Get Out and Be Out: 9 LGBTQ-Friendly Camping Sites

by David Perry

EDGE Media Network Contributor

Saturday August 22, 2020

Get Out and Be Out: 9 LGBTQ-Friendly Camping Sites
  (Source:Getty Images)

No doubt about it: COVID-19 has put the kibosh on travel. Unless you think outside the box. Or rather, "outside."

Camping has several inbuilt pluses that make quarantines a moot point. Tent or cabin, RV or trailer, the relative distance between set-up sites makes quick work of social distancing. Judicious timing at lodges, showers, and latrines keeps potential viral spread rates at a minimum. Compared to St. Tropez, camping is cheaper, easy to get to, and has the whole "communing with Nature" thing. Several queer destinations have on their peripheries campsites that are LGBTQ-owned, LGBTQ-friendly, or LGBTQ-populated. Here are nine of our favorites:


Campit Outdoor Resort

Fennville, MI

Not far from the Midwest gay mecca of Saugatuck, Fennville is smack in the middle of Michigan wine country, making Campit all the more appealing during a viral apocalypse. LGBTQ to the core, the resort's 28 cabins, nine-room bunkhouses, 100 RV lots, and five tent areas lounge over 33 acres. Rounding out the amenities are a clubhouse, rec hall, game room, heated pool, volleyball, horseshoes, and nature trails.


Several LGBTQ campgrounds are in the idyllic Hudson Valley region, making them equidistant from both the Big Apple and Beantown:

Kate's Lazy Meadow

Mt. Tremper, NY

Pierson and Coleman jazzed up an old motel into a glampy, campy, MTV-meets-mid-century modern phantasmagoria straight out of a B-52s video. Divvied into "suites" that can accommodate two to four people, guests can enjoy the swingin' vibes while social distancing and taking in views of the Catskills, Esopus Creek, and other outdoorsy plusses spread over eight acres. If you want something a little more private, check out Kate's Lazy Cabin in Lake Hill, NY.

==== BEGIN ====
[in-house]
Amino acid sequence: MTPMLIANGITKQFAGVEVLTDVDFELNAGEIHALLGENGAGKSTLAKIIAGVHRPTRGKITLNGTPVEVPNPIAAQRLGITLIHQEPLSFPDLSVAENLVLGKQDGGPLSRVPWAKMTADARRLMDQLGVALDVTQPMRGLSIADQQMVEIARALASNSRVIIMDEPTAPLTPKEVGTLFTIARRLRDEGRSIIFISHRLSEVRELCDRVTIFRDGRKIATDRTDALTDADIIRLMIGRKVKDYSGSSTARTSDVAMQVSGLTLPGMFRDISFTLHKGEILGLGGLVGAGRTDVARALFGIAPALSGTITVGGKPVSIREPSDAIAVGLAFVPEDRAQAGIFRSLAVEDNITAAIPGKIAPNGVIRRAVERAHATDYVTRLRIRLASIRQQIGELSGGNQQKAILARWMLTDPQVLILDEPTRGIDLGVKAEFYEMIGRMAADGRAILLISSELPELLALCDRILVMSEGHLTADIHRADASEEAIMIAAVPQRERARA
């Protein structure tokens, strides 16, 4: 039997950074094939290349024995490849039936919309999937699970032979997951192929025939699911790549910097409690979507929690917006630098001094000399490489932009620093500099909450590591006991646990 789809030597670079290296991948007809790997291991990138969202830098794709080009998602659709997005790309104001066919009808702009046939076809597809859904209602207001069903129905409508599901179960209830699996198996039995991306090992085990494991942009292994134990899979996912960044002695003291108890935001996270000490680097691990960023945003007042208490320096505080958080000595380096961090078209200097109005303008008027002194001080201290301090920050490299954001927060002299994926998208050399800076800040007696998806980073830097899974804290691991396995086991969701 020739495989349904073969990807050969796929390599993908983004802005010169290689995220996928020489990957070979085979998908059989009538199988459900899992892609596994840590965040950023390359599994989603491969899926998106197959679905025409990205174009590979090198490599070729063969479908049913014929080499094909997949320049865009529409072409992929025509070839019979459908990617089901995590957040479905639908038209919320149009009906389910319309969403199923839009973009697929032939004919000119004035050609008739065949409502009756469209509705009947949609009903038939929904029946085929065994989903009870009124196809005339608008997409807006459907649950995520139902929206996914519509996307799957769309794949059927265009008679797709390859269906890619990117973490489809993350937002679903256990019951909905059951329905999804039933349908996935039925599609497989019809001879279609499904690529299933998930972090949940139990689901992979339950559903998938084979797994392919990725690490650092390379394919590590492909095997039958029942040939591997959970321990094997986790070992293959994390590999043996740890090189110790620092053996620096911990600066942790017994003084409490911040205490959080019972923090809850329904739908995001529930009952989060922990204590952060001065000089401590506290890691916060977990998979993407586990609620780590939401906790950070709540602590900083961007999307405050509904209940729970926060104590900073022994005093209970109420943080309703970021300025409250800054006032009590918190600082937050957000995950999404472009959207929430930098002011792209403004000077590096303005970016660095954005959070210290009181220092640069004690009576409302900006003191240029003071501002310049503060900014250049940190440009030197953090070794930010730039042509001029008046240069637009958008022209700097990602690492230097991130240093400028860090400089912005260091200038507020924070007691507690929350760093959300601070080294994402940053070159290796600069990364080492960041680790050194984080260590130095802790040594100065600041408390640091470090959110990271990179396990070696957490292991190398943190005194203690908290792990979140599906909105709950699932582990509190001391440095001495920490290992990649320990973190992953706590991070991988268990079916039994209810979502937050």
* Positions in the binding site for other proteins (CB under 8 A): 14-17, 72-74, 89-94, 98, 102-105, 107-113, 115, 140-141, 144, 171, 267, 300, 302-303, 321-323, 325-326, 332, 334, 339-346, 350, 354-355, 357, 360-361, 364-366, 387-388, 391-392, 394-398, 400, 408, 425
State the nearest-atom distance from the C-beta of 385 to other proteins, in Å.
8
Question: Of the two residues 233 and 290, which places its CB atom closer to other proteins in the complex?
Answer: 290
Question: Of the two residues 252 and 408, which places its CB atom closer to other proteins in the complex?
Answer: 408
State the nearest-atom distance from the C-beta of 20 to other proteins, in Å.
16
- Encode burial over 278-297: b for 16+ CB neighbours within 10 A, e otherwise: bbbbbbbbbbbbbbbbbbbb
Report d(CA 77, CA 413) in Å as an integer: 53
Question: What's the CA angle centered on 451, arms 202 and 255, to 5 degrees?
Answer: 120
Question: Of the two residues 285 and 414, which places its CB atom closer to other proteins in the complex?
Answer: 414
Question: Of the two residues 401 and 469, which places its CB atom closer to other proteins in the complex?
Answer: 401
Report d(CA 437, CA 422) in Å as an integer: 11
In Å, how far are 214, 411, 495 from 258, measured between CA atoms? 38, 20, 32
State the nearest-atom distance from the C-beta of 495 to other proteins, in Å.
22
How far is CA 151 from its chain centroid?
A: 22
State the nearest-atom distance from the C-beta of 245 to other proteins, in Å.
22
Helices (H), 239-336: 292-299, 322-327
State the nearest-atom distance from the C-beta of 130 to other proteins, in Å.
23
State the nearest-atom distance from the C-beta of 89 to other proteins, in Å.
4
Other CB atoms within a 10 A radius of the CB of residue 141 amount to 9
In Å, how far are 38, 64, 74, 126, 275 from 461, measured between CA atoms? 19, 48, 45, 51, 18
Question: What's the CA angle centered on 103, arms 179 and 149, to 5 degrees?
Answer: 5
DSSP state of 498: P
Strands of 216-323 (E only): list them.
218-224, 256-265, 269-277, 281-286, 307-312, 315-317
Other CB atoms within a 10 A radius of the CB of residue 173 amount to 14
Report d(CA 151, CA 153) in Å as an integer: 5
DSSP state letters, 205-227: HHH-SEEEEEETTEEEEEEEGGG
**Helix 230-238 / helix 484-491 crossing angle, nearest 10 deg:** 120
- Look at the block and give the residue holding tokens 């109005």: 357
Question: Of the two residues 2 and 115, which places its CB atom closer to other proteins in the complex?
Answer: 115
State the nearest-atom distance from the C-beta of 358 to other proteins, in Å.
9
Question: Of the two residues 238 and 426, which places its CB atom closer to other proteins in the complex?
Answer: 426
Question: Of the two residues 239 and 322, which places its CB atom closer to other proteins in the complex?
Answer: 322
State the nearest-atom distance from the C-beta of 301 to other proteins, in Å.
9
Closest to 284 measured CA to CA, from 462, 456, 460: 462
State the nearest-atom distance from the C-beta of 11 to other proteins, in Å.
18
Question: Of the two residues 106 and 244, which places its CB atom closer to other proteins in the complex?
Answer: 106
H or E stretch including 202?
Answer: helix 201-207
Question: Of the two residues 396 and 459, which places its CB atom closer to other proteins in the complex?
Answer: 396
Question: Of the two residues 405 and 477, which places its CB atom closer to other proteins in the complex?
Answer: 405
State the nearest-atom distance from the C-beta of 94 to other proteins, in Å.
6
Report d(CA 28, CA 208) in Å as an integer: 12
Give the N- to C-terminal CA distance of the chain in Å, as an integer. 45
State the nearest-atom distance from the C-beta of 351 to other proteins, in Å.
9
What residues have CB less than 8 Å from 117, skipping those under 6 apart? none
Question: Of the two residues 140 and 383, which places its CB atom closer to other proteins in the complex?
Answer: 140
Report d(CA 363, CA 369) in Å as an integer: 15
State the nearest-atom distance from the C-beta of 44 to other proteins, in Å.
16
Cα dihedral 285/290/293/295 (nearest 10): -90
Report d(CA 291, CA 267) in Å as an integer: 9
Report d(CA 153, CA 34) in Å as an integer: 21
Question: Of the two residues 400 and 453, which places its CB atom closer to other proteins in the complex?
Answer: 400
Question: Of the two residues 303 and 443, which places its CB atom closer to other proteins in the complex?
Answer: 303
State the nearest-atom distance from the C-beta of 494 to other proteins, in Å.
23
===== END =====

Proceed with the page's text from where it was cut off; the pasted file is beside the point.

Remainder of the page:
Easton Mountain

Greenwich, NY

Beginning as gay men's retreat during the dark early days of the HIV/AIDS crisis, Easton Mountain remains a refuge where men can "grow and heal, play and pray, dream big dreams and while schemes to make the world a better place." All about fostering brotherhood and community, founder John Stasio created a safe space that is as much about getting outdoors as getting in touch with your spiritual side.

Katie's Lazy Desert
Katie's Lazy Desert  

Southern California
Kate's Lazy Desert
Landers, CA
"Staying here is an otherworldly, out-of-body experience," says Kate Pierson of The B-52's. She, along with her partner Monica Coleman, runs this five-acre glamping retreat deep in the Mojave Desert. "You are surrounded by sand and stars and there is no other place on earth like it. Come for the aliens and if you return without being probed, you haven't gotten your money's worth!"

Ok, not the most conventional selling point — no judgment — but the open vastness of the Mojave sounds swell right about now. Local artists restored six vintage Airstreams to create a retro paradise under the stars.

Starland Community
Flamingo Heights, CA